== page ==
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5 Things to Know in Investing This Week – The Close the * Door Issue

The Close the * Door Issue:

We saw the most entertaining press conference by a Federal Reserve Chairman in decades. Jerome Powell “surprised” Wall Street by saying exactly the same thing he’s been saying for almost two years, then got caught on a hot mike wanting to shut the door on badly-behaved protesters. A Treasury auction goes terribly and is then followed by ratings agency, Moody’s, cutting its outlook on US debt to negative. I’m not sure how much Moody’s is paying the analytical staff there, but a subscription to DKI for the past two years would have gotten them to the same conclusion much faster and at a fraction of the price. Is another “Sovereign Debt Disaster Issue” in our future? Definitely.

If you can get past the first few disastrous “Things”, there are some good money-making ideas later in the piece. Enjoy!

This week, we’ll address the following topics:

  • Jerome Powell slams the door in more than one way.
  • The bond vigilantes draw first blood.
  • Trucking rates don’t match consumer demand.
  • Will Grayscale and the SEC kiss and make up? Relevant for Bitcoin, $GBTC, and $ETH.
  • $COUR vs $TWOU: Why stock analysis matters.

Ready for a new week of unfiltered government commentary? Let’s dive in:

 

1) Jerome “The Hammer” Powell Closes the * Door:

Obviously, I was going to lead with this one. How could I not?! Federal Reserve Chairman, Jerome Powell, spoke on Thursday and SOMEHOW managed to surprise the market my saying the exact same thing he’s been saying for the past year and a half. Powell made clear that further rate hikes are something the Fed is actively considering. He also said that he’s not confident that the current fed funds rate will get us back to his preferred 2% inflation target. Facing a still-hawkish Fed Chairman, the market promptly dropped during the speech.

This is NOT what Powell said.

DKI Takeaway:  During his talk, protesters interrupted and started yelling at Powell. In possibly the most entertaining episode in Federal Reserve history, a hot mike caught Chairman Powell telling security to “just close the * door”. At a time when everything in Washington DC feels scripted, it was nice to catch someone in a candid moment. And for those of you who were surprised by his prepared remarks, we can help you. “Higher for longer.”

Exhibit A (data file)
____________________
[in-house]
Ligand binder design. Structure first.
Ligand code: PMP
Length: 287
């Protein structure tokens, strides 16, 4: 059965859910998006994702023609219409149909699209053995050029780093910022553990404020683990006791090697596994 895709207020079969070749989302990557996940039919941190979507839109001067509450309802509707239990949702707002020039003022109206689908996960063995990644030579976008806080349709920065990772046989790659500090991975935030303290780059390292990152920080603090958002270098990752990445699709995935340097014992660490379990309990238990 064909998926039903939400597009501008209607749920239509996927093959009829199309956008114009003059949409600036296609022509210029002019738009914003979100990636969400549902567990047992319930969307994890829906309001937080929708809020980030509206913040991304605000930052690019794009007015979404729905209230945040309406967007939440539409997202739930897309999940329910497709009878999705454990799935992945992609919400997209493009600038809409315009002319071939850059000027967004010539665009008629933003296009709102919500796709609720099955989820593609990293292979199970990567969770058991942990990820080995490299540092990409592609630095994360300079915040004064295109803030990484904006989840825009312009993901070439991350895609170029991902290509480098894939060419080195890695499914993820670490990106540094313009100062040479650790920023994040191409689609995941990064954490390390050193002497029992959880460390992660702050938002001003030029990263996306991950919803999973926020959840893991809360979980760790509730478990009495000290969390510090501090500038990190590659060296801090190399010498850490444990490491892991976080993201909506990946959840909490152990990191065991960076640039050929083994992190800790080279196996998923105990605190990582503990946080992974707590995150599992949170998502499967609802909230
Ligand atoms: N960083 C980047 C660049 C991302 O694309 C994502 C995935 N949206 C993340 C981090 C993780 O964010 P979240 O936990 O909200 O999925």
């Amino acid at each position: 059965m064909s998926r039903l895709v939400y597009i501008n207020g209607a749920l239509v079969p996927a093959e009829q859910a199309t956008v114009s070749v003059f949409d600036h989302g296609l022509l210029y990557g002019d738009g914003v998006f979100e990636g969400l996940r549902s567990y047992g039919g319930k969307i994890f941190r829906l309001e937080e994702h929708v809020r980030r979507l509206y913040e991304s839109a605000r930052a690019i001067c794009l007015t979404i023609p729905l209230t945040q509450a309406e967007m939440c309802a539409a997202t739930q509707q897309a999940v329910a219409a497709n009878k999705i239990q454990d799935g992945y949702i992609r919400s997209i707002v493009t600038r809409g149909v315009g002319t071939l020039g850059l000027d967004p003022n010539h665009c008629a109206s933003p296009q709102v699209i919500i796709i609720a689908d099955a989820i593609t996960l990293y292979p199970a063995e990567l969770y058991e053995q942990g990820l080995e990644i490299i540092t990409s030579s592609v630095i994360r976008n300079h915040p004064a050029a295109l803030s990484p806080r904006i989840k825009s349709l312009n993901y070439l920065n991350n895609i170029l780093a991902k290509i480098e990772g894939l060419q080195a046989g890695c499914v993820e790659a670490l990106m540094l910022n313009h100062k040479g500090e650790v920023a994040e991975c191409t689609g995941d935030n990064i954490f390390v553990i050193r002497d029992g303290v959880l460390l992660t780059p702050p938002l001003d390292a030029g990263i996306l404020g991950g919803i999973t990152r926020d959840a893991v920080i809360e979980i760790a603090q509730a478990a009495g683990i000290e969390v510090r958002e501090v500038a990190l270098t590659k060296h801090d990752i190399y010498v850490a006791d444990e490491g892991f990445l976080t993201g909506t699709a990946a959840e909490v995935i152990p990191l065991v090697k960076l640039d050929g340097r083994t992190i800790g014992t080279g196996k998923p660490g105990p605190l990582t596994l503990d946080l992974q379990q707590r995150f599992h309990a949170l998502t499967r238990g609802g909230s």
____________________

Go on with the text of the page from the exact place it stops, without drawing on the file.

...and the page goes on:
2) The Bond Vigilantes Draw First Blood:

Also on Thursday, the US Treasury held an auction that had a tail exceeding 5 basis points. That’s a fancy way of saying that in order to match the huge increase in supply of US government debt with the decreasing demand, the Treasury had to lower the price of the bonds offered for sale until the yield went up by more than 5 basis points. It means demand was less than the market had expected. A tail greater than 4 basis points is considered a disaster. Credit to @jameslavish for his thread explaining the details.

This was the worst auction in years. Credit to ZeroHedge for the graph.

DKI Takeaway:  DKI started writing about the Japanese bond vigilantes last year, and about the same issue here in the US starting last month. That point of view hasn’t been popular, and people I respect have politely disagreed with me. I continue to believe that the bond market isn’t looking forward to trillions of dollars of additional bond issuance from the US Treasury. Further, anyone with a calculator can see that refinancing trillions of near-zero rate debt with newer 5% (or so) paper is going to lead to a budget problem. I continue to believe the bond vigilantes are taking control and that this week’s bad auction is early proof. (As I was writing this Moody’s cut its outlook on US debt to “negative”. We could have gotten them to that conclusion much faster.

 

3) A Different View on Trucking Rates:

Finance professionals like to keep an eye on delivery companies as well as trucking and shipping rates. The reason is they are a good proxy for demand for new goods which is a good proxy for the health and spending habits of the American consumer. Trucking rates are now 12% below last year and 34% below 2021. Many analysts are concluding that this indicates the consumer is in bad shape. We’re not so sure…

The blue line at the bottom is 2023 YTD. Graph from Freightwaves.com.

The real issue is net trucking company creation. Freightwaves.com.

DKI Takeaway:  The US consumer is still in good shape and spending robustly. Inflation has increased the dollar price of goods sold, but even that isn’t stopping people from buying both goods and services. That should increase trucking demand and pricing. However, Freightwaves points out that at the beginning of 2020, there were 255k trucking companies. Now, there are 363k. There’s no shortage of demand. There’s an excess of trucking company supply right now.

 

4) Grayscale and the SEC are Talking:

The Grayscale Bitcoin Trust ($GBTC) has been in a fight with the SEC for years regarding the request to turn the trust into an exchange traded fund (ETF) that would enable Grayscale to close the current discount to net asset value (NAV). The SEC recently lost a court case on the subject and chose to miss a deadline to challenge that loss. There were widespread reports this week that the SEC and Grayscale are in discussions to find a way to address concerns and approve the filing. The SEC is also considering multiple other Bitcoin ETF applications as well as a new one from BlackRock to start an Ethereum ($ETH) ETF.